In a future in which men no longer exist, characters of the feminine sex have created an artificially intelligent device that they use for entertainment, for conserving memories and for creating emotional relationships. They also depend on it to reproduce. This technology takes the form of a childish blue doll, the Bluebot, suggestive both of a retrogressive toy and a cyber-feminist avatar.
Fri Art welcomes the New Heads 2020 prize, awarded each year to an artist graduating from HEAD – Genève, Haute école d’art et de design. For A Selene Blues, her first individual exhibition in an institution, Giulia Essyad has transformed the first floor of the Kunsthalle into an immersive environment given over to the universe of a heroic fantasy saga of which she is both the author and one of the characters.
The first room recreates the hall area of a multiplex cinema. We aren’t sure if it’s still open or has been abandoned. Giant advertising hoardings display images of the heroines of a fantasy film about to be released. The key moments of a still-to-be-discovered adventure play out in front of us. This intermediary space, a space pregnant with the promise of screenings, now appears to us in an out-of-time solitude, as if in a dream.
Hidden behind a curtain, the second room is given over to the Bluebot doll, presented behind glass at the various stages of its fabrication. Both archaeological staging and homage to its inventor, creation and reconstitution, the successive stages of the assembly process evoke an automaton to which life is given, the process recalling the magical naturalism of cinema and cinematic technique: disassembling and reassembling pieces, time. A disquieting strangeness emanates from the doll, which has been given this breath of artificial life: the breath of its creator, or of our imaginations? Phony wreckage of the Bluebot, redolent of a decaying romanticism, towers over the display in the most symbolic occurrence of a rediscovered, exhibited future.
In the last room, an obsolete museum device invokes codes designed for lost civilisations, retrieved from fan museums or a hard-rock café. Glass showcases and monumental frames present artefacts from film sets, in a sort of making-of: character costumes and fetichised gadgets evoking a cult of nature, menstrual cycles have been sealed up, offered to a historical assignatory gaze.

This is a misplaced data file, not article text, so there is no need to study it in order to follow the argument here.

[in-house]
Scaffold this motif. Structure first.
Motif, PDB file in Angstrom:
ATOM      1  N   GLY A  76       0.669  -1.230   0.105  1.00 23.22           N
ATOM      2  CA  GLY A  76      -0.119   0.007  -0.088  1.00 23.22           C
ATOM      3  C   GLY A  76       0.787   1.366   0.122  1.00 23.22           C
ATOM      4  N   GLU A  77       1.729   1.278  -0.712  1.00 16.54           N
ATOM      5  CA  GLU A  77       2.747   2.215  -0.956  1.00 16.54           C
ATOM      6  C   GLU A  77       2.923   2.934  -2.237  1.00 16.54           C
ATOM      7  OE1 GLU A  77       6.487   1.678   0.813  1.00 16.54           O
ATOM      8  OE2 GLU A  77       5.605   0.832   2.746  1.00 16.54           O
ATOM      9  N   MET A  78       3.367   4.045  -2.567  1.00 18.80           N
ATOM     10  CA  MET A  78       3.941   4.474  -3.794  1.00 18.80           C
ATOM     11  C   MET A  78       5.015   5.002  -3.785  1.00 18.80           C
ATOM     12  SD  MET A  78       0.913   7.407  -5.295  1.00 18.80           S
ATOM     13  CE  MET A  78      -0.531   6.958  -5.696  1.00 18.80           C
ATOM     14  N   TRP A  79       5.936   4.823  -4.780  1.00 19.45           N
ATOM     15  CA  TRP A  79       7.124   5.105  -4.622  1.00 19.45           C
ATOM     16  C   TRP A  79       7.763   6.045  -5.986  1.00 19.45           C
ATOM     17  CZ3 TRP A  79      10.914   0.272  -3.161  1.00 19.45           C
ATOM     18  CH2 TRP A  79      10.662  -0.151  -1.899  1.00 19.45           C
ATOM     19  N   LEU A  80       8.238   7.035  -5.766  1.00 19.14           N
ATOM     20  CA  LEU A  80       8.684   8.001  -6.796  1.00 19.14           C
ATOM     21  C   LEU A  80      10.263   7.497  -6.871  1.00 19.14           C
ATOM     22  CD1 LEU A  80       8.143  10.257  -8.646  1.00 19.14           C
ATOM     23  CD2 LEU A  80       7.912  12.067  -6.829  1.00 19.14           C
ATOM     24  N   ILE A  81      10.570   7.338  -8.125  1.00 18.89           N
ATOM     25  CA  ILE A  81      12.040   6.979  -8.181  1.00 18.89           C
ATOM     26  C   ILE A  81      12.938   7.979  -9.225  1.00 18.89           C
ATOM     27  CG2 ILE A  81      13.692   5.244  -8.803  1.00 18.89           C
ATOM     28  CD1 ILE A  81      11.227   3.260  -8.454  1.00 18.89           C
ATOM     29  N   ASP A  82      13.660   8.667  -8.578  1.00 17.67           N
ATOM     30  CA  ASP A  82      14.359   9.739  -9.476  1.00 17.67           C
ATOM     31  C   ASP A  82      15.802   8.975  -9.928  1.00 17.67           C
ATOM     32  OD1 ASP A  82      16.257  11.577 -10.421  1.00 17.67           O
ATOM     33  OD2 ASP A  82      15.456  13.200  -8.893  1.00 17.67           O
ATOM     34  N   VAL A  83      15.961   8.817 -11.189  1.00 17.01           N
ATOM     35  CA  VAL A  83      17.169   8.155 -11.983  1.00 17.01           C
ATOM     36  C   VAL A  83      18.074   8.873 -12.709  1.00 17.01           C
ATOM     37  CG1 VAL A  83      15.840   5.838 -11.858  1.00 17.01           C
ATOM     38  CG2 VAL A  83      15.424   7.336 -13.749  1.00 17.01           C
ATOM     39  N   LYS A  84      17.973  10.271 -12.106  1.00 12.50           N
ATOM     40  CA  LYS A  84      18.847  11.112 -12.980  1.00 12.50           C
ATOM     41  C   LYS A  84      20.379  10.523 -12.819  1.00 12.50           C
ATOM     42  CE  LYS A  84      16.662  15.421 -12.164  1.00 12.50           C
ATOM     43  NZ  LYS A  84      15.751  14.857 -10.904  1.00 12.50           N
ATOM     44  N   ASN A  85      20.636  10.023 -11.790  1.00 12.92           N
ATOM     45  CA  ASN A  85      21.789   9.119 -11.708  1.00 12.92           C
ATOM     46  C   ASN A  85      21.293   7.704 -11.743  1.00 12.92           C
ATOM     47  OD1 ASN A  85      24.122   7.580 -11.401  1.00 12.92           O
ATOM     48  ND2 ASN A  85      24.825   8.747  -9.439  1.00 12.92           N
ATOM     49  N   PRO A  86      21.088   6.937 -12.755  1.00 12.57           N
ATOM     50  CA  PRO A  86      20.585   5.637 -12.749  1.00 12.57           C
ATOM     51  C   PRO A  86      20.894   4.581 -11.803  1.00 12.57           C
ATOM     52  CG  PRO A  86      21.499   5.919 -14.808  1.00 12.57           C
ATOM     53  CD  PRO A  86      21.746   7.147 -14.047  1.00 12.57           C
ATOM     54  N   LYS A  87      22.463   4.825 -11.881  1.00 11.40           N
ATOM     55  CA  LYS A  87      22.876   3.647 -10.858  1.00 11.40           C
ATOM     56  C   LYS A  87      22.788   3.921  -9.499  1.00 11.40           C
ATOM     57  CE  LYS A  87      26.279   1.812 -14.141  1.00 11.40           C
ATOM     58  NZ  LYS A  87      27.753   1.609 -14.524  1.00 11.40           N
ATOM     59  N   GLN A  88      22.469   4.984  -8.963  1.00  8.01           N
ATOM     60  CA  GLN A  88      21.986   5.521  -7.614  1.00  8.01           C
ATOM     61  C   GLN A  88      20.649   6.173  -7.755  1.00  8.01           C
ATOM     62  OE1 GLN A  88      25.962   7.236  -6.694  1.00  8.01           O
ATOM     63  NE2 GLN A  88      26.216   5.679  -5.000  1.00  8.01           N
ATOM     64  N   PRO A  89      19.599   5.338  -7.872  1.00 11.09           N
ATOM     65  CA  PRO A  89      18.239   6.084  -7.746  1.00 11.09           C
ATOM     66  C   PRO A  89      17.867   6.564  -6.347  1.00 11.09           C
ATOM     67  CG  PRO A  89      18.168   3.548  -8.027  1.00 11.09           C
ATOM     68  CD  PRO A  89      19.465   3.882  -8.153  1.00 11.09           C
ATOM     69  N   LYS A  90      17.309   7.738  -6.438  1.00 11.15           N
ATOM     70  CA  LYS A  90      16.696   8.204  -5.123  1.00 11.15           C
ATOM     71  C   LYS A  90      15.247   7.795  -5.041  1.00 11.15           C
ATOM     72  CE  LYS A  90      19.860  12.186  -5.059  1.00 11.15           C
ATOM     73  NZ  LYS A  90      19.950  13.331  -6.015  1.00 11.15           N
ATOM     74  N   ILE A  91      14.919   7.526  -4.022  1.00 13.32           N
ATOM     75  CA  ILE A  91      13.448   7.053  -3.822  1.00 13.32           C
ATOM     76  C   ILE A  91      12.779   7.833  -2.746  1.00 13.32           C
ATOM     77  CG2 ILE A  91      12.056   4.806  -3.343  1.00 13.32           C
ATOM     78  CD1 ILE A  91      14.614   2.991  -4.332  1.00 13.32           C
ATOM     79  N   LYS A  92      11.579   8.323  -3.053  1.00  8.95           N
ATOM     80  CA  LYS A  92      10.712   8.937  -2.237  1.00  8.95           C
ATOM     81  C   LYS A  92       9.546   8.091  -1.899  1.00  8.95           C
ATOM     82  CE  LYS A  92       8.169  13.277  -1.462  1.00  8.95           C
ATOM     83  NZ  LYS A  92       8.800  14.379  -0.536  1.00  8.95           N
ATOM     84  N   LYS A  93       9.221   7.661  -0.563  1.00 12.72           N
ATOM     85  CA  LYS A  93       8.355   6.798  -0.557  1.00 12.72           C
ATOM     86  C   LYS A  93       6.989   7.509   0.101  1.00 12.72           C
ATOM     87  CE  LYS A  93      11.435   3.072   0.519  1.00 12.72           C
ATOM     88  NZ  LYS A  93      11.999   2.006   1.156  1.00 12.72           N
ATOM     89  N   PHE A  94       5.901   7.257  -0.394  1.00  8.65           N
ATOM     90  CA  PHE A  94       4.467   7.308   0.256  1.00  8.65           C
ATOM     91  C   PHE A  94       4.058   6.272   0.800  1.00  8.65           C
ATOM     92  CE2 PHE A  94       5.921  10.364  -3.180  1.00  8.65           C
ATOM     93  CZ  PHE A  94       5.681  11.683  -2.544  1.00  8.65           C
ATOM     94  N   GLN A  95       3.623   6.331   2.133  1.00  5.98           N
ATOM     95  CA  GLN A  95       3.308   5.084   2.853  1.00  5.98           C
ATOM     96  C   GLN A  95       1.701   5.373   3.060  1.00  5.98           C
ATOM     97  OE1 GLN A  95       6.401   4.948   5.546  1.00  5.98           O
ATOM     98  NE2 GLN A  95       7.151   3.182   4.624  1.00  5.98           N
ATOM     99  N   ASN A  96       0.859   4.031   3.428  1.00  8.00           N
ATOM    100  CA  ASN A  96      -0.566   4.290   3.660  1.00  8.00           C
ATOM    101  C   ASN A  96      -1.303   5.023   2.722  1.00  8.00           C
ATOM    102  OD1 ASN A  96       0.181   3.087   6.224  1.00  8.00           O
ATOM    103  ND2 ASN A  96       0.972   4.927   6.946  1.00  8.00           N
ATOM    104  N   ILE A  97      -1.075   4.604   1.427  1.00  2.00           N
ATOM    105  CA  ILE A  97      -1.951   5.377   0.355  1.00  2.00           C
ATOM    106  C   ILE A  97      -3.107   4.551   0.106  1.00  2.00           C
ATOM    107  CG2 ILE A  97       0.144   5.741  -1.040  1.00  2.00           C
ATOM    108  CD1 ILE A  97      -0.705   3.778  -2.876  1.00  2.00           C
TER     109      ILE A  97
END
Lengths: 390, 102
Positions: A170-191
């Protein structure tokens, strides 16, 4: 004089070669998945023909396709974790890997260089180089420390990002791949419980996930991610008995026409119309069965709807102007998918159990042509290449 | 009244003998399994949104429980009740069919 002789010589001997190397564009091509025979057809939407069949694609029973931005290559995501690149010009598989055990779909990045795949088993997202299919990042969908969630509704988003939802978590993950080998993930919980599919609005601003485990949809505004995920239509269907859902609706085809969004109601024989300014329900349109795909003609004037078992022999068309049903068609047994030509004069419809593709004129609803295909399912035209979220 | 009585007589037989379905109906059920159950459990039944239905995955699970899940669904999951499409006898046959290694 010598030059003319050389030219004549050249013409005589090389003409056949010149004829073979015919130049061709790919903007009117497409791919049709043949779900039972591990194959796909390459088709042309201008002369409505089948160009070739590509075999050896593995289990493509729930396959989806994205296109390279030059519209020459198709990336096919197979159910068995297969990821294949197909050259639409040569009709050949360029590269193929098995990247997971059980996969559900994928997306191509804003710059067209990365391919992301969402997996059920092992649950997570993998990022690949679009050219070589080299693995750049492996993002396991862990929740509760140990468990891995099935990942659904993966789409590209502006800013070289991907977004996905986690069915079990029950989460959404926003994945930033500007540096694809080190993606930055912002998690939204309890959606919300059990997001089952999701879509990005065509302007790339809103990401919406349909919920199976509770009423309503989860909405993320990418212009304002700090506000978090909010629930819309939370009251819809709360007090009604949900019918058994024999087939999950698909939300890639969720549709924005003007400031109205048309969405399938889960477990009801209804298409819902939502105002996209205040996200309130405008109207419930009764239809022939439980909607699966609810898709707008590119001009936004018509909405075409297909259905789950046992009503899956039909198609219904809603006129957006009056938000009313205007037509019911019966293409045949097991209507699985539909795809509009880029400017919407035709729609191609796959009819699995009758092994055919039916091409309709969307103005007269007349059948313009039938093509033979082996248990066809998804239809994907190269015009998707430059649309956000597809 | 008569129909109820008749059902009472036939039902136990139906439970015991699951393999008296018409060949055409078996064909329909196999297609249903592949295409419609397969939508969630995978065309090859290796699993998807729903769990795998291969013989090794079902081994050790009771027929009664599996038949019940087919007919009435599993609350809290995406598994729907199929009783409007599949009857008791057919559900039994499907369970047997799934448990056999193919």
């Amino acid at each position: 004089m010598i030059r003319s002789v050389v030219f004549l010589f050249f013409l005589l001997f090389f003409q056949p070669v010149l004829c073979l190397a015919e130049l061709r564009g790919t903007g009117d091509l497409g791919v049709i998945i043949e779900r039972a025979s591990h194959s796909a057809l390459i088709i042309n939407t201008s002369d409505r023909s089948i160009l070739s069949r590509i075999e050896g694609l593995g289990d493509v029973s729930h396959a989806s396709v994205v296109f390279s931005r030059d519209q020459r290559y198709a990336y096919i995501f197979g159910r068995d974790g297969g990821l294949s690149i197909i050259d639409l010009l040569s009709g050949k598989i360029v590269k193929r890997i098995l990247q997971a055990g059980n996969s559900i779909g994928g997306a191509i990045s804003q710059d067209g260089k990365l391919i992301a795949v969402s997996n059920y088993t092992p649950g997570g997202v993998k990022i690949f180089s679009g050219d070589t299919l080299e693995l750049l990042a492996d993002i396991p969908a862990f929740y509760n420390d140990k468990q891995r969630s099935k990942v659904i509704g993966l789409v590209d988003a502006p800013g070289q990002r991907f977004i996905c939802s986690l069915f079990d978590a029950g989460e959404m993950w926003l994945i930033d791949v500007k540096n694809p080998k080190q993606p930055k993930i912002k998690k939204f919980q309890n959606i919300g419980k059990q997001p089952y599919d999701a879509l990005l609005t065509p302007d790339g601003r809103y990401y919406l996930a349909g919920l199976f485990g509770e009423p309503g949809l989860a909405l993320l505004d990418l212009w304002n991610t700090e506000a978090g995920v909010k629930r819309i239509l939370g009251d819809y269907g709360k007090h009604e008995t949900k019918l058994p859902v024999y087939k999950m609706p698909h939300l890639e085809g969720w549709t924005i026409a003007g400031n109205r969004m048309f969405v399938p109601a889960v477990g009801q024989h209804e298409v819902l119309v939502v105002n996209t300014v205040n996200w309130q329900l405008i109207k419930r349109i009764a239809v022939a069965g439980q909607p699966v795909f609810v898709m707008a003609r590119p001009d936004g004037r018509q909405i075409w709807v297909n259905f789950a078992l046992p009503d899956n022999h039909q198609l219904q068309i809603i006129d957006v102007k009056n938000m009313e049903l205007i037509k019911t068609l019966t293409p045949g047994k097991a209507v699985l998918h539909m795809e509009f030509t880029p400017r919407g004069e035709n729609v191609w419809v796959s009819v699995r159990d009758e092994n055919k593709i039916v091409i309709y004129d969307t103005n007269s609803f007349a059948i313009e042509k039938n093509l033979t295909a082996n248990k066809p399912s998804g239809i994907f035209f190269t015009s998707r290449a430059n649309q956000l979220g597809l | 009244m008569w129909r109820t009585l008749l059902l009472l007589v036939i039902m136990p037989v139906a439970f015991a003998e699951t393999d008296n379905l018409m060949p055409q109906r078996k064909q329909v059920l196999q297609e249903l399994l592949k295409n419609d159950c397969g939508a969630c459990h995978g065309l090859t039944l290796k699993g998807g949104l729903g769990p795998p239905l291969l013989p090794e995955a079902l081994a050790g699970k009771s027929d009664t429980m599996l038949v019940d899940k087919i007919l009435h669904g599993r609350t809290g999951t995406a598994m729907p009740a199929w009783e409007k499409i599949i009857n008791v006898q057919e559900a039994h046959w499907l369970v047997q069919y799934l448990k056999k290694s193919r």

Still in the same room, two screens invite us to read a diary and letters written by the main character in the fiction: Naria. As the images pass in front of our eyes, the text and the soundtrack are reminiscent of early video games. The introspective account uses a narrative technique that brings us closer to the character and her feelings: confession. The inclusive scenography uses a deliberately didactic presentation style. The black digital screen takes on the form of an archaic cinema that the imagination of each spectator fills with their own images.
A Selene Blues installs an atmosphere. Its distant fiction is part of a variety of cultural devices which assign beliefs and emotional relationships to time. At the première of a film that will never be held, in a run-down museum that is part of a story taking place in the future, what exactly are we witnessing? The doll symbol comes to summarise the desire for consumption. Its artificiality is ambiguous: with utopia comes the shop.
Giulia Essyad, born in 1992, is an artist, poet and performer. She has published several collections of poetry, including “Birthday” (Oraibi/Beckbooks) and “Poetry Archive” (Quark). She has exhibited at Cherish in 2020 and organized the exhibition Immortality at Forde, Geneva (2014), a presentation focussing on poetry with Loren Kagny and Viktor Tibay. In 2019, she opens “Touching myself”, a ceramic workshop centered on the body.